EnvironmentalDNA capture is helping researchers do the seemingly impossible: track the numerous plants and animals that call natural waters home. But fishing for so-called eDNA can be precarious work. Each step of the process, from water sampling to DNA detection, is a point of entry for contaminants or of loss for sample material.
Now, a new standard could be in the making.
Self-preserving and partially biodegradable, this new filtration system eliminates data-compromising steps from eDNA capture while ensuring long-term sample preservation and generating less plastic waste.
In standard eDNA collection, a motorized or hand-powered pump is used to force a water sample through a DNA-capturing membrane. The filter housing is then opened and, using sterilized forceps, the membrane is carefully transferred to a vial. Finally, ethanol is added to preserve the captured eDNA while its transported to a lab for sequencing or PCR detection.
While proven effective, this method is vulnerable to mishandling that could affect the results of eDNA analysis—especially during filter transfer. The new protocol eliminates this step entirely. Instead of chemical preservation, the method relies on desiccation to keep eDNA intact. That’s made possible by a hydrophilic filter housing that rapidly dries the encapsulated filter membrane—making eDNA preservation automatic and membrane handling unnecessary. The new material is also biodegradable, thereby contributing to less plastic waste production than in the conventional sampling approach.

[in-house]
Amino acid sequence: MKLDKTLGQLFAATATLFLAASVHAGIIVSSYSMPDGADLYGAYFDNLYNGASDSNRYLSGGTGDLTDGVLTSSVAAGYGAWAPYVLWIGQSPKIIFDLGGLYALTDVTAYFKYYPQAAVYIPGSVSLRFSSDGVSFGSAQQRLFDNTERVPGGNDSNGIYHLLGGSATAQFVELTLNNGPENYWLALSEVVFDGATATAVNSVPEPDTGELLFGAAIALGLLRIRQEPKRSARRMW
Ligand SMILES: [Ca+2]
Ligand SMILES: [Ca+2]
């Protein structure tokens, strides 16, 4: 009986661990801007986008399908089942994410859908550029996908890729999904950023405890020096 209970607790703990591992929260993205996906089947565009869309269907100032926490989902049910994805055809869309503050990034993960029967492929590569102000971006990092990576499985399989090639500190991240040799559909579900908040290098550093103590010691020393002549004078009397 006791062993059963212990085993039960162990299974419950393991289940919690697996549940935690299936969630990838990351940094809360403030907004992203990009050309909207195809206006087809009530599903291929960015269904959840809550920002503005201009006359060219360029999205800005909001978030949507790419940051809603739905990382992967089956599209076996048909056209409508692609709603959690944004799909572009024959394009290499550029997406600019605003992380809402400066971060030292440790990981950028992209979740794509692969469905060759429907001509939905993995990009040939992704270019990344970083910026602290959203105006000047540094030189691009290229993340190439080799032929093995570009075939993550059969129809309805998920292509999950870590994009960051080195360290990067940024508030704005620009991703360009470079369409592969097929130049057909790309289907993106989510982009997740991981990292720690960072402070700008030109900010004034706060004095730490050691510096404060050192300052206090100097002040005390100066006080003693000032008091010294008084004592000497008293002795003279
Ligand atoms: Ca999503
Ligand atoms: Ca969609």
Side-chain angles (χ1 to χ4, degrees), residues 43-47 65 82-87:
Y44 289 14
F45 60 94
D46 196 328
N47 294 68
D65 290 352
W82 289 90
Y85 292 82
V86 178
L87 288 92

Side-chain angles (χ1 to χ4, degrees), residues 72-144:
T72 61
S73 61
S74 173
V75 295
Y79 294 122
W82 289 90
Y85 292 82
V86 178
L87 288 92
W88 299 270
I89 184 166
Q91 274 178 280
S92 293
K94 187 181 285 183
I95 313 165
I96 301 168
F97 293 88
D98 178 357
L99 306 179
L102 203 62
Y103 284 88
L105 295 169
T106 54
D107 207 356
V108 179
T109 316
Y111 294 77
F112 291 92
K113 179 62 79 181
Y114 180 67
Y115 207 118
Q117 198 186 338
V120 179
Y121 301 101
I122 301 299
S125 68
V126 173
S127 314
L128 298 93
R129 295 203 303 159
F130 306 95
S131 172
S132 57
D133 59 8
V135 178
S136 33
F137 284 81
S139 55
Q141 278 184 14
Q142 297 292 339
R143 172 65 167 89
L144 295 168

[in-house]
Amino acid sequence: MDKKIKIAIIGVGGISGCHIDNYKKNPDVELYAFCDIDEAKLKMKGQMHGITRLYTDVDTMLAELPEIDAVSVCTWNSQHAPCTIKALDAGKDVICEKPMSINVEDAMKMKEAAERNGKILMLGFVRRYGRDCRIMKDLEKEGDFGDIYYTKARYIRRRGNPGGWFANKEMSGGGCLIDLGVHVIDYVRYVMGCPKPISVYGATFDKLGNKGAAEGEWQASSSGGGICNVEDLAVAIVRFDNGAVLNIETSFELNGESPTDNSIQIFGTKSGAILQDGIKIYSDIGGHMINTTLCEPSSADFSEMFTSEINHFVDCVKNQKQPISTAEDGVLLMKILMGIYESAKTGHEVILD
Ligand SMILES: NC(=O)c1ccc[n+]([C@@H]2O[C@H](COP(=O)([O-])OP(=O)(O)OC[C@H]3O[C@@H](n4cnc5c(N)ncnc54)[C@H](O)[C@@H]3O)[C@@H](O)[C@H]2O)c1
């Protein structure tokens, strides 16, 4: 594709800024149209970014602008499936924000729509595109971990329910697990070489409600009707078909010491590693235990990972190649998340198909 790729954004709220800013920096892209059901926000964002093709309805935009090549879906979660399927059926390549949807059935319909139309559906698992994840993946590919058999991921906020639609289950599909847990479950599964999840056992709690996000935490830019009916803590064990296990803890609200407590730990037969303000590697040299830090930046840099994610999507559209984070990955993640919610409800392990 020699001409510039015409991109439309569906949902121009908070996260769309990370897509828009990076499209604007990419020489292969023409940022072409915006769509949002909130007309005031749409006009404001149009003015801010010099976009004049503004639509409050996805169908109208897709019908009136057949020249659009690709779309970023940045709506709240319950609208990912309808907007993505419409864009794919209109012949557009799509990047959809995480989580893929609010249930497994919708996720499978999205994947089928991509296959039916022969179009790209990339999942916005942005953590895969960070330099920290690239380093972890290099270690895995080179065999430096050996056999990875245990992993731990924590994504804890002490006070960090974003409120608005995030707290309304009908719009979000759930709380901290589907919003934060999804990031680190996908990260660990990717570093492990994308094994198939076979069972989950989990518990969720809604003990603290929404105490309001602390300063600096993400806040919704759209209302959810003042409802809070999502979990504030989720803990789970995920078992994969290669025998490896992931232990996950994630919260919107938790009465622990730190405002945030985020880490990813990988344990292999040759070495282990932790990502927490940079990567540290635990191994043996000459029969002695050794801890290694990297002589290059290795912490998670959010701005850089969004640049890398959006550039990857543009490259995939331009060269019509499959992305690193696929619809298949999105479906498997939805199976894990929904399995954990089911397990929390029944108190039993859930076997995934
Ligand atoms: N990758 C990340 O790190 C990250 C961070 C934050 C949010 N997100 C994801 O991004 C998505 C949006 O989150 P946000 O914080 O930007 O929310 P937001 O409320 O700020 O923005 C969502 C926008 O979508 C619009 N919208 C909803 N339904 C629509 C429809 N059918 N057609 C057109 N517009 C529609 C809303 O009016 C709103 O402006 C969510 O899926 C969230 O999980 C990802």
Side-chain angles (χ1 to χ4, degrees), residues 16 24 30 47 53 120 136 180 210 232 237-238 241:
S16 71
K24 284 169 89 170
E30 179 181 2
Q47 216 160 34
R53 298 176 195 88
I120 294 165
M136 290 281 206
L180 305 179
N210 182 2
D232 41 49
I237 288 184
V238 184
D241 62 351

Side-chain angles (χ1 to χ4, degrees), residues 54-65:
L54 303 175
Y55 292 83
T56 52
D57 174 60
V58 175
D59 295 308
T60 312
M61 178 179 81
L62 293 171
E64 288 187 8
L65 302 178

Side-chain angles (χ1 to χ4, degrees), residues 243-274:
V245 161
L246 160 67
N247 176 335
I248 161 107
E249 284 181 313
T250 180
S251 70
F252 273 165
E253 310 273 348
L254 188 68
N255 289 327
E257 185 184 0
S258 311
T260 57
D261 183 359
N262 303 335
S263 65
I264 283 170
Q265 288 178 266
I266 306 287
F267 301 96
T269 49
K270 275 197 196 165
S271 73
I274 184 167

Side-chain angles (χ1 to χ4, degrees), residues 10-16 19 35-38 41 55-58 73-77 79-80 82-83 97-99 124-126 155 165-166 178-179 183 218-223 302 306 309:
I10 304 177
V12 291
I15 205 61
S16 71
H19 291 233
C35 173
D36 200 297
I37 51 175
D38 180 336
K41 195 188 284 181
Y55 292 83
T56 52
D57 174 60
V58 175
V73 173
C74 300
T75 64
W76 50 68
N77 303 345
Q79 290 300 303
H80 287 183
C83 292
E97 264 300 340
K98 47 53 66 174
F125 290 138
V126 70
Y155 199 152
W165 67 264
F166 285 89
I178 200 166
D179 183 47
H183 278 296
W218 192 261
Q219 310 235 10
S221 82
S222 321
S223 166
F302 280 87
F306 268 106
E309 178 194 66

Tests in the lab and the field showed that both ethanol and the desiccating filter housings could effectively preserve eDNA for 6 months—with the self-preserved filters performing a bitbetter.
The self-preserving system yielded slightly more target DNA on average under controlled conditions, and up to twice as much eDNA per liter in the field. These differences could be due to the loss of captured eDNA to the ethanol preservative when the filter is removed for processing. Or due to the different filtration dynamics of the two filter housing materials.
Overall, the results indicate that the new eDNA collection system is a viable alternative to standard ethanol preservation methods.
With an increasing number of non-experts making important scientific contributions in the field, that’s crucial.
Simple, easy-to-use, and waste-reducing,the system could be a welcome addition to any researcher’s toolkit. Currently, researchers are exploring different materials options that could make the entire setup biodegradable. And ongoing field tests could reveal the benefits for other systems and for more complex applications, such as eDNA metabarcoding.